Searching for Dawn Choruses in New York City

By Ben Mirin, Safina Center Fellow

An alarm was going off somewhere in the street below. It sounded like an oven timer. The roar of an engine rose like a wave as a truck lurched onto my block, air brakes kicking on and off to bring fifteen tons of metal to a halt three doors down. A creak, a pneumatic hiss, and then a pause…and then the wave built again as it drove around the corner.

In Brooklyn there is never silence. I was up at 3:30am to record bird songs and even at this dark hour, millions of cars and people sent a vibrant hum through the city. To experience a bit of contrast from the regular sounds of my neighborhood, I got up an hour before sunrise, climbed to a friend’s roof and began recording the dawn.

The best time to experience natural sound in New York is during a dawn chorus, when birds in a local habitat sing together to reclaim territories after a long dark night. It usually takes place an hour before sunrise, but to truly capture this crescendo of activity you have to be up and recording before it starts. It was 4:15, and I still had 90 minutes before daybreak. I waited and listened to the air conditioners on my building working overtime in the summer heat.

At 4:52, the first Northern Cardinal sang two soft plaintive notes. After a few test runs, he let loose with his full melody. In less than a minute there were three birds singing back and forth, calling to see who among their competitors was still around from the day before. An American Robin chimed in, and families of House Sparrows began restlessly squabbling in the rafters.

Natural sound still has a place in New York, it just has to fight for airtime with everything else. There is extensive research to suggest that birds adjust the frequency of their calls to make themselves audible over city noise. In addition, diurnal birds like cardinals and robins often sing at night when the airwaves are less polluted with human commotion, and because city lights offset their circadian rhythms.

These behavioral changes are testaments to nature’s ability to adapt to a habitat of our own creation. In cities around the world, wild animals continue to live alongside our noise, our lights, our trash, and ourselves. Many native species are forced out or driven extinct, and those who survive are often ignored. The ones who thrive, we call pests. On an evolutionary scale, it’s a brand new kind of urban ecosystem, racing to keep up with human life with no end in sight.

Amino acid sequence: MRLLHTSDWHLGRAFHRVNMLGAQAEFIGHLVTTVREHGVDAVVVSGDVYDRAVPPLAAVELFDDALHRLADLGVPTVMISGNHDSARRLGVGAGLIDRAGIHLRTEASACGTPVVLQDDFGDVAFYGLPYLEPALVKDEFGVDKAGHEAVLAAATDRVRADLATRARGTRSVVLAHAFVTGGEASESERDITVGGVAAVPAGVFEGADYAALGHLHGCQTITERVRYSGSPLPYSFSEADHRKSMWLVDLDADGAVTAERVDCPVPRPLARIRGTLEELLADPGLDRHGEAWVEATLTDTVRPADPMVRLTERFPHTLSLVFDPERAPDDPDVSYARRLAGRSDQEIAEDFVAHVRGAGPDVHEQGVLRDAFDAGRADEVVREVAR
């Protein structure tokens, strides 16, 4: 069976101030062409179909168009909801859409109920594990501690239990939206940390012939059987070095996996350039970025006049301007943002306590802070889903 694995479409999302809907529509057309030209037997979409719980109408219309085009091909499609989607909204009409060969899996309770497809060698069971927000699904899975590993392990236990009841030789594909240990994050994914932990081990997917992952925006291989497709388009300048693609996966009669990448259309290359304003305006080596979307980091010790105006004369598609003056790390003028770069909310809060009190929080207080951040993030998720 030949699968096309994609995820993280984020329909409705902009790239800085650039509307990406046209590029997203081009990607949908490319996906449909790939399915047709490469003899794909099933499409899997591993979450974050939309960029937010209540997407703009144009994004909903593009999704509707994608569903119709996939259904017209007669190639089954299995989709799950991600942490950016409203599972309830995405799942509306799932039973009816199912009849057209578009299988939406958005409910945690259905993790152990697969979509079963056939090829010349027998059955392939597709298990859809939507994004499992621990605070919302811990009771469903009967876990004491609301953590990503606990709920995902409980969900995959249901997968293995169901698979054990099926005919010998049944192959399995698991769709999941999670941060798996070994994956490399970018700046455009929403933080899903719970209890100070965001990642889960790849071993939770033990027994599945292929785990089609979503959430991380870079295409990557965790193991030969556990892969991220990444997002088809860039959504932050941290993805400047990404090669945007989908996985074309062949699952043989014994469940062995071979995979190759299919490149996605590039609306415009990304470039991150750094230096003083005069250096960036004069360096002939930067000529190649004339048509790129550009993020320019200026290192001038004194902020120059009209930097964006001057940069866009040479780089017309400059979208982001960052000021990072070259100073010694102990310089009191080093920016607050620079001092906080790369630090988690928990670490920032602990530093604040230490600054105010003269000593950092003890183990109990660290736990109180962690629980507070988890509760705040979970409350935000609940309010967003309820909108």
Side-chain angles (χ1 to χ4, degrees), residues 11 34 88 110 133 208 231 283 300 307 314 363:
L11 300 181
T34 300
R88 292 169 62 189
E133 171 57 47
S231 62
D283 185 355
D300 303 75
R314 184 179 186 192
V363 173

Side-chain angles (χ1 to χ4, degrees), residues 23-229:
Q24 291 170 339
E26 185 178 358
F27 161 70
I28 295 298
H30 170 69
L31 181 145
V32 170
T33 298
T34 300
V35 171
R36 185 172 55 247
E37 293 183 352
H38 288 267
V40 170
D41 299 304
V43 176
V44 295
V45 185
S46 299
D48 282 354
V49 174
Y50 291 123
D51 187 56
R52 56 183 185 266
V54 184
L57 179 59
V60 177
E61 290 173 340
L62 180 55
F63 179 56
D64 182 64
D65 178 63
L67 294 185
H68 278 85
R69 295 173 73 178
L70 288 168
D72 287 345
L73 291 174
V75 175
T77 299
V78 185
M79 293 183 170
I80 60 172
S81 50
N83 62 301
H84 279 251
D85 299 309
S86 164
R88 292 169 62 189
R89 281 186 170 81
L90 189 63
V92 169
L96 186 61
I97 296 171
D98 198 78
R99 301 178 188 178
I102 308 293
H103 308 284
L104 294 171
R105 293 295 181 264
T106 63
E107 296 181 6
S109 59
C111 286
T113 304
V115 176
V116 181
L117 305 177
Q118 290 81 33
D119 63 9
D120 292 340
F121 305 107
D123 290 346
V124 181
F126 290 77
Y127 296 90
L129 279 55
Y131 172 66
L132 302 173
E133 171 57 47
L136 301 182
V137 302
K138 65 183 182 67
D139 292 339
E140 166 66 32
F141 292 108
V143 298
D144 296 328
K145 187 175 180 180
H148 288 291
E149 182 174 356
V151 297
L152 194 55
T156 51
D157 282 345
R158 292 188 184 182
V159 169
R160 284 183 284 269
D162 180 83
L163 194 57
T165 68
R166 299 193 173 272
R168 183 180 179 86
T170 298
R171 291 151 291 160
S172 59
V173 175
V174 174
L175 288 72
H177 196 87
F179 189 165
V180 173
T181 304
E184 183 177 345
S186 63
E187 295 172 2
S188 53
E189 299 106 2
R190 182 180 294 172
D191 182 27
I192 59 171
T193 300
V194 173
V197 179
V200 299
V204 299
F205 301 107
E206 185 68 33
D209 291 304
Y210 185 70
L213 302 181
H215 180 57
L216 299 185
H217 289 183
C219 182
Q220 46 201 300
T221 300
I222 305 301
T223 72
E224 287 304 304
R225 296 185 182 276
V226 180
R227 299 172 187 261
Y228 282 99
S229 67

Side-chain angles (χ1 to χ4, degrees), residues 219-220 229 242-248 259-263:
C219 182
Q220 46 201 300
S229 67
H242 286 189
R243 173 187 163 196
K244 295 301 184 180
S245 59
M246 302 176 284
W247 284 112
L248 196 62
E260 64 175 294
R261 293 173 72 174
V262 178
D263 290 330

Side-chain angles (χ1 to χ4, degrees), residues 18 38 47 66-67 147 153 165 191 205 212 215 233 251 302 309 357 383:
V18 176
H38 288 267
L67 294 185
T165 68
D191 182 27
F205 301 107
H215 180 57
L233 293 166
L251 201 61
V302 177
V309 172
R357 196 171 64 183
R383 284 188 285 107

Living in Brooklyn, I try to make adaptation a two-way street. I get up in the early morning, leave my ear buds at home, and give myself time for long walks in Prospect Park. Listening to natural sounds helps me recalibrate my place in the web of all life. I feel connected, attentive, and more human. I reconnect with my four-year-old self, the boy who went on owl walks at night, went to the zoo to feed ducks, and got lost in bird books before he knew how to read them.

These experiences do not have to be in the past. It is easy to forget that we have our own brand of wildness in New York, but if we tune in we can begin to understand our impact on life both within and beyond its walls. We should listen locally to act globally, and learn more about the rhythms of this city and the moments when it breathes. There are still days when I fail to do this, but I know I’ll never feel at home unless I keep trying.

By seven o’clock many more birds were awake. The cardinals had gone farther away, but a Common Grackle was flitting between the fenced-in backyards. Cedar Waxwings had taken up posts in the willow out front, and Chimney Swifts circled in small flocks overhead with lively chatter. After running uninterrupted through the entire night, the alarm in the street had finally stopped. I guess someone had finally had enough.


Ben Mirin is a Fellow at the Safina Center, a National Geographic Explorer, and a natural sounds recordist with the Cornell Lab of Ornithology. He records wildlife sounds around the world, and samples their voices to create music that teaches people about nature and inspires conservation.

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